Public Safety

Court upholds conviction of Tait Purk for killing Cora Okonski in 2000

'Ample evidence' supports murder conviction, judges rule

Tait Purk exits the Tama County courtroom Dec. 8, 2017, after a District Court judge found him guilty of second-degree murder in the April 2000 slaying of Cora Okonski. The Iowa Court of Appeals on Wednesday denied Purk’s appeal of his conviction, saying the trial judge had acted properly in finding him guilty.  (Jeff Reinitz/Waterloo-Cedar Falls Courier)
Tait Purk exits the Tama County courtroom Dec. 8, 2017, after a District Court judge found him guilty of second-degree murder in the April 2000 slaying of Cora Okonski. The Iowa Court of Appeals on Wednesday denied Purk’s appeal of his conviction, saying the trial judge had acted properly in finding him guilty. (Jeff Reinitz/Waterloo-Cedar Falls Courier)
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DES MOINES — A Tama County man convicted last year for killing his fiance in 2000 has been denied an appeal of his second-degree murder conviction.

Tait Purk, 53, in his appeal, argued his previous bad acts and other evidence were improperly admitted at trial and that the guilty verdict delivered by a judge in February 2018 wasn’t supported by sufficient evidence or was contrary to the weight of the evidence.

In December 2017, 6th Judicial District Judge Ian Thornhill found Purk guilty of second-degree murder, ruling the prosecution had proved that Purk grabbed, choked and slammed Cora Okonski, 23, to the floor on Palm Sunday, April 16, 2000, and that Purk had acted with malice aforethought — a fixed purpose or design to do physical harm — elements of a second-degree murder charge.

The trial court could “have reasonably found the facts of the case to be true,” according to the Iowa Court of Appeals ruling.

“Our review has revealed ample evidence — some direct, some circumstantial — from which a reasonable fact-finder could infer Purk purposefully killing Okonski on April 16, 2000,” the court stated.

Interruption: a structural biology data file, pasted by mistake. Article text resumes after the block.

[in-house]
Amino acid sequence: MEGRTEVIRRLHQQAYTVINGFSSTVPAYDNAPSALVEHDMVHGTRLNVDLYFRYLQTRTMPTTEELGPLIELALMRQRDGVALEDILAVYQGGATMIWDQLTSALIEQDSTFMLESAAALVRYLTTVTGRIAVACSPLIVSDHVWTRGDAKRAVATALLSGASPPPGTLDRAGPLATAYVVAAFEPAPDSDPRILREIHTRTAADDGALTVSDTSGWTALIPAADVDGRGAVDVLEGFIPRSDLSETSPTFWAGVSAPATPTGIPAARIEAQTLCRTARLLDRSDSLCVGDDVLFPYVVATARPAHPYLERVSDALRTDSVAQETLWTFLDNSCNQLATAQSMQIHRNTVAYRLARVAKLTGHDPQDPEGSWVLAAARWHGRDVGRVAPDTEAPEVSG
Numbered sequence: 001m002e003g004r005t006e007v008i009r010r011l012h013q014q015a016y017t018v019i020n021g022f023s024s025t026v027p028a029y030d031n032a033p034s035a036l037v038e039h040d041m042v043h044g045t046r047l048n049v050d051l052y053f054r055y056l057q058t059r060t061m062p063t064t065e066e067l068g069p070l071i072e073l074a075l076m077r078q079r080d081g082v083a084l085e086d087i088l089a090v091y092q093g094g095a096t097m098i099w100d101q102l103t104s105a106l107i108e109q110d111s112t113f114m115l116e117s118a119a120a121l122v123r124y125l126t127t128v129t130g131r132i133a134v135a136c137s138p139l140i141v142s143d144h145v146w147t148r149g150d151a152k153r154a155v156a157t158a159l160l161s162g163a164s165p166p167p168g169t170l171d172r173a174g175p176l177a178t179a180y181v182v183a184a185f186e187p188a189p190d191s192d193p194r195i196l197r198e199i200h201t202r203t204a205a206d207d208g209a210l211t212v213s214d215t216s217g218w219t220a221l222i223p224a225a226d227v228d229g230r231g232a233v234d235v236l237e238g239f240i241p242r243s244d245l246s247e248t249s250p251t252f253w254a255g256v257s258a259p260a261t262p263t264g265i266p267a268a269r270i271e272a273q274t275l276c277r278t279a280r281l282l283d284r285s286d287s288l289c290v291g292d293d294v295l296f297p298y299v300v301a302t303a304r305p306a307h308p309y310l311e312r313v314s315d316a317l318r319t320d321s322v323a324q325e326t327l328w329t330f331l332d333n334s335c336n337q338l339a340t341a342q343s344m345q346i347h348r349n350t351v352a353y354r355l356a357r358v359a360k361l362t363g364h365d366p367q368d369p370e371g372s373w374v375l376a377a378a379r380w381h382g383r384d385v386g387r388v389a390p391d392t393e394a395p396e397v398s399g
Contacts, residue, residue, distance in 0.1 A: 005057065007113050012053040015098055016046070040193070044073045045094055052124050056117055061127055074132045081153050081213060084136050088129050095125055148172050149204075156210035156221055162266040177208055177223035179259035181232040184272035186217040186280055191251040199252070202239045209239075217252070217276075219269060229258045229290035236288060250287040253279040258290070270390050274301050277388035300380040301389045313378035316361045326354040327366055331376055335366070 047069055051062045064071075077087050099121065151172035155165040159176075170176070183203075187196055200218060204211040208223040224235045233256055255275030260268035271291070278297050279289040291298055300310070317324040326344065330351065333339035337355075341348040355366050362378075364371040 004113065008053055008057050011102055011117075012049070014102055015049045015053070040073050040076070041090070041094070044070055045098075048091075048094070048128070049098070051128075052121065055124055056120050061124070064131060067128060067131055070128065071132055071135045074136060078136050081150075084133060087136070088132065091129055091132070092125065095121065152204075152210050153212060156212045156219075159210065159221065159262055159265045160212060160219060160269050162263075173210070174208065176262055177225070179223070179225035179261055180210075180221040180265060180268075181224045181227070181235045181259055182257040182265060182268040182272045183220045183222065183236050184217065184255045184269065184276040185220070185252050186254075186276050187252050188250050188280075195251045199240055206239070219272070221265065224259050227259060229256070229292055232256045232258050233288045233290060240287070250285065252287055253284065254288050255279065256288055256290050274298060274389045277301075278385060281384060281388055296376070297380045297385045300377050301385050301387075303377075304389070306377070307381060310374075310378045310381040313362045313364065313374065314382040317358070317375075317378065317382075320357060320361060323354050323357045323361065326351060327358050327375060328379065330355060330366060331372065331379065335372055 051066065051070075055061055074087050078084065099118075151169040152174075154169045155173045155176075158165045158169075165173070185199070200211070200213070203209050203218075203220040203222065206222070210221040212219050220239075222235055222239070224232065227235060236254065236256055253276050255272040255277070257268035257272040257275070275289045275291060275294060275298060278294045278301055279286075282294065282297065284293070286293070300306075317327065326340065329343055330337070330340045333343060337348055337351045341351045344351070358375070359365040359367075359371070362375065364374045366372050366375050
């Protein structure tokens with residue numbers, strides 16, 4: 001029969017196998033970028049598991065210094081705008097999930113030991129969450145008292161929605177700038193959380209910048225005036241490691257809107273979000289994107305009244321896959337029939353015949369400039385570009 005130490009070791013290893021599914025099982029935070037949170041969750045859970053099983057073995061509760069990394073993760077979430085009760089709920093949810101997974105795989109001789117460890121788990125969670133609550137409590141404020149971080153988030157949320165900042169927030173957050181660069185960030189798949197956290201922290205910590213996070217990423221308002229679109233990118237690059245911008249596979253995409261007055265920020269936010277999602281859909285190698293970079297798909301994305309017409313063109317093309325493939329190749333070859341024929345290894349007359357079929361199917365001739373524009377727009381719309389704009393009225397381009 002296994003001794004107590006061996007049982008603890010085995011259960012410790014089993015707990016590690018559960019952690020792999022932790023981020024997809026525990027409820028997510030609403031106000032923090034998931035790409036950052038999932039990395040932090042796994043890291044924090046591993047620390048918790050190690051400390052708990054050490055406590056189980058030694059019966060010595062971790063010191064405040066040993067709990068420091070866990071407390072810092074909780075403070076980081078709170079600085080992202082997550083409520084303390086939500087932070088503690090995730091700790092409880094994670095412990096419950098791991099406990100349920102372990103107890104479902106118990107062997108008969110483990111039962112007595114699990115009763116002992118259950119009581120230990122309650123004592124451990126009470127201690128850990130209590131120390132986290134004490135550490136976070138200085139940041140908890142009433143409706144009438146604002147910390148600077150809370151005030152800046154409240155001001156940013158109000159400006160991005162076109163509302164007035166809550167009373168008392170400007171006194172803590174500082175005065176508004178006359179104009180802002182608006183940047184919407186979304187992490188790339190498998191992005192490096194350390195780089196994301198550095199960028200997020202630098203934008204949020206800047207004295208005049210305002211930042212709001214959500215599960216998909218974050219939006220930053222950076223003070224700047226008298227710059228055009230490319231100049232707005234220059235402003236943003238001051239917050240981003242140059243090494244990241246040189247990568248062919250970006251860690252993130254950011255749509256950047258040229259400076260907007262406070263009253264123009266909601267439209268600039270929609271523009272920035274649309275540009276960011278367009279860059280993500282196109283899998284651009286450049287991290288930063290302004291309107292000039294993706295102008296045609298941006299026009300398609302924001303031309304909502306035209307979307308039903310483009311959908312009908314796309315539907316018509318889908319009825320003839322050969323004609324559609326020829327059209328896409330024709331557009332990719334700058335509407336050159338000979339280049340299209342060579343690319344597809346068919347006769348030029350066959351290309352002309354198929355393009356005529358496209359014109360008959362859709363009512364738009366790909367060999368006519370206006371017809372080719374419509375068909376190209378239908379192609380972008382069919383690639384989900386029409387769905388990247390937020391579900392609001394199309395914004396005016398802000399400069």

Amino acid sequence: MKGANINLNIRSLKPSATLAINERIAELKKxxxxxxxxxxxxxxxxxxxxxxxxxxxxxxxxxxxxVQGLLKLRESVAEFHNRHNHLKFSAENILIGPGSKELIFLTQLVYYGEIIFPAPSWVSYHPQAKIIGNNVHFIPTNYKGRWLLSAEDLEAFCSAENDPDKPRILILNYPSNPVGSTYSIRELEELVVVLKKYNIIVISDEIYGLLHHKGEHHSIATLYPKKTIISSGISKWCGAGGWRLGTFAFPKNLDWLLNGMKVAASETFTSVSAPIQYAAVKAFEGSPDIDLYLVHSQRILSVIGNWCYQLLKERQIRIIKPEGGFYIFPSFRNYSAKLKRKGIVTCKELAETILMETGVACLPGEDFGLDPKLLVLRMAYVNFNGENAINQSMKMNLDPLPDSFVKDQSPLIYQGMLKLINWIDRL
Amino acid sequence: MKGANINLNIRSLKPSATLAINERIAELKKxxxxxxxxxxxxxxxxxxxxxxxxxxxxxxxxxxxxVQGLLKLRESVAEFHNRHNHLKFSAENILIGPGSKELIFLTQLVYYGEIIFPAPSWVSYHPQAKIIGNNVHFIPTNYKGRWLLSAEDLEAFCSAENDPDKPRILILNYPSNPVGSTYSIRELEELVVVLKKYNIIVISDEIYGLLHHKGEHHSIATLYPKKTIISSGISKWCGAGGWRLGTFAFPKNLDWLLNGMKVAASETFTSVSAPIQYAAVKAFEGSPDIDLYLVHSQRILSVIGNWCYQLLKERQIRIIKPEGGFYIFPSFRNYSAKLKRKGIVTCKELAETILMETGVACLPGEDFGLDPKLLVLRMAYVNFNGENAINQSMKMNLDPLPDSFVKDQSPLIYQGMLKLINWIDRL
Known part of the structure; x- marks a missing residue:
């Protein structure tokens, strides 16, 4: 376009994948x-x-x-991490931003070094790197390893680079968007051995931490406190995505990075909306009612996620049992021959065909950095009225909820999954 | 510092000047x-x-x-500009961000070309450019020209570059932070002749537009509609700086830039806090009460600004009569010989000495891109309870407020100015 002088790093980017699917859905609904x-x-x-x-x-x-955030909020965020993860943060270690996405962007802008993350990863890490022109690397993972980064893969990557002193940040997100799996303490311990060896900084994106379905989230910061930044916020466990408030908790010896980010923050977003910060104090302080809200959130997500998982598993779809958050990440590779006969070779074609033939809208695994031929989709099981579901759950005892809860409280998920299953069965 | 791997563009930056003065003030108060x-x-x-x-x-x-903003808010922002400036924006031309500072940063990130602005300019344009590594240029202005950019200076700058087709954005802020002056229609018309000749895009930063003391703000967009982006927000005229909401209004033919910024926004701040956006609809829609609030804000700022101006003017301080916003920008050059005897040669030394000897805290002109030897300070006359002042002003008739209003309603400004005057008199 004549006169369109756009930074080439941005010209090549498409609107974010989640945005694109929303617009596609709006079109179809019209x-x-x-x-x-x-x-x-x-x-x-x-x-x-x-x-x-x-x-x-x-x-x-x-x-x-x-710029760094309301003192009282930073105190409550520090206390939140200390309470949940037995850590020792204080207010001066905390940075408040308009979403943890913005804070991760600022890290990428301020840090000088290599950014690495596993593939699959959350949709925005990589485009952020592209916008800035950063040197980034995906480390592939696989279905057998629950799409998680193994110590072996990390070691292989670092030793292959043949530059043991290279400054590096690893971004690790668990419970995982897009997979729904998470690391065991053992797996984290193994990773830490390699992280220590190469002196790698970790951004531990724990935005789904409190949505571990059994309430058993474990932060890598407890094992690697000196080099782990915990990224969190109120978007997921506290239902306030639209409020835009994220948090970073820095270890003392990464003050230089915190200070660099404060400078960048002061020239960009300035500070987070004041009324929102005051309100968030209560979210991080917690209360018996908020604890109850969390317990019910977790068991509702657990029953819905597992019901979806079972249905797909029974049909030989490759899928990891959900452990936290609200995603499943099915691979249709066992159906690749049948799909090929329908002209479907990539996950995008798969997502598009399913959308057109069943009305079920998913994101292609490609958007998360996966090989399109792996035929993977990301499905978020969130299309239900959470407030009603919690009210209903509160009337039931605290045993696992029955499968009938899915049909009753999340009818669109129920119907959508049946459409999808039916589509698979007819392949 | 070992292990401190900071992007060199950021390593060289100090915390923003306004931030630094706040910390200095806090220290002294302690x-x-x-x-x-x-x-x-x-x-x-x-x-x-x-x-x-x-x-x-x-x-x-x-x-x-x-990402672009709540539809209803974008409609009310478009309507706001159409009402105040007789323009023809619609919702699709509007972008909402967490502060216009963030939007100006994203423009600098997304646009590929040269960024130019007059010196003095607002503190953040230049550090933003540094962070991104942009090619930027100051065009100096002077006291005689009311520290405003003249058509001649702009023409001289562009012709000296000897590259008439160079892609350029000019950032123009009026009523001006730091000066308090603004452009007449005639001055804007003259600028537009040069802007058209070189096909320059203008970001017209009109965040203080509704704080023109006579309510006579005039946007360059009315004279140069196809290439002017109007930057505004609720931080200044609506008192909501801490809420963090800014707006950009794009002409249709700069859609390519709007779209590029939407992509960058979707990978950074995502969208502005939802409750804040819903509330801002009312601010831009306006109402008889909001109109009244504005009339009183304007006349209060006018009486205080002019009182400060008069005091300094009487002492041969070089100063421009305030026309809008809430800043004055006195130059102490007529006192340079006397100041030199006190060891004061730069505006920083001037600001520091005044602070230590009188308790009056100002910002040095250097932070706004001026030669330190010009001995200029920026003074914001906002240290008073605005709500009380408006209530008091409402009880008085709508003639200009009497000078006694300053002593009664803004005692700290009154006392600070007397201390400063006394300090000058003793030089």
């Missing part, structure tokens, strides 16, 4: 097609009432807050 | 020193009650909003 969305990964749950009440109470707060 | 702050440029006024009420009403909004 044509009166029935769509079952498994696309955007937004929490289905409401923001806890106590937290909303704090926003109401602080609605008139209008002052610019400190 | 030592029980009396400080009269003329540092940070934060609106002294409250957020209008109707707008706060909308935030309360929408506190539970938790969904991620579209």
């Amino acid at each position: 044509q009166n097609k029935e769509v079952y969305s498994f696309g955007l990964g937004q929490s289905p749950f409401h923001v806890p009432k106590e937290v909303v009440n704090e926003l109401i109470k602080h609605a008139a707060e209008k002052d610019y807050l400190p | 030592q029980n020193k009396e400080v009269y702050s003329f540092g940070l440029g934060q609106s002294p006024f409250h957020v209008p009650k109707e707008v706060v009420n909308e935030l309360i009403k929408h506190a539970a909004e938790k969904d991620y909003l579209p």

Purk was sentenced to 50 years in prison.

During Purk’s trial, testimony showed Okonski went to her neighbor, Ricky Jo Sanchez, that day and said she and Purk had been fighting. Purk was angry and she was afraid he would kill her. She asked Sanchez to watch her house and call police if it appeared Purk had harmed her.

Okonski went back home and hasn’t been seen or heard from since that day, the ruling stated. She hadn’t contacted her parents or son, and although she received monthly Social Security disability benefits, she had never picked up a check since April 2000.

The court said the evidence suggests Okonski disappeared because Purk killed her.

Purk told a friend that he “had to kill his former girlfriend” because she was going to tell police that he had stolen a truck and committed burglary.

Purk also confessed to an inmate, while in prison for drugs in 2004 and 2005, that he was fighting with “Cora” and had run across the room, grabbed her by the throat and slammed her to the floor, killing her, according to the ruling.

Purk told the inmate he killed her because she had threatened to call police about his criminal activity, the ruling states.

The court denied Purk’s arguments that testimony by witnesses — one who had seen Purk once choke Okonski into unconsciousness and another who said Purk told her about choking Okonski during a fight — shouldn’t be admitted because they were prior bad acts. The court said they were properly admitted because they go to motive, opportunity, intent or plan.

Thornhill also found this testimony was credible and didn’t abuse his discretion by admitting the evidence, according to the ruling.

Purk also argued that the evidence presented was insufficient to find him guilty of second-degree murder because Okonski’s body was never found and the state’s case relied on circumstantial evidence.

Purk has been convicted twice of killing Okonski. An Iowa County jury found Purk guilty of first-degree murder in May 2018, but the trial judge, 6th Judicial District Judge Mitchell Turner, overturned the jury’s verdict and granted Purk a new trial.

Turner, in his August 2018 ruling, said the confession witnesses were not credible and that he doubted Okonski was dead.

Turner recused himself when Purk asked for a bench trial, and Thornhill was appointed to hear the retrial.

While the investigation into Okonski's death was closed with Purk's conviction, law enforcement remains open to any information or tips that lead to the discovery of her body, in hopes of bringing closure to her family, Iowa Division of Criminal Investigation Special Agent Rick Rahn said Wednesday.

Comments: (319) 398-8318; trish.mehaffey@thegazette.com

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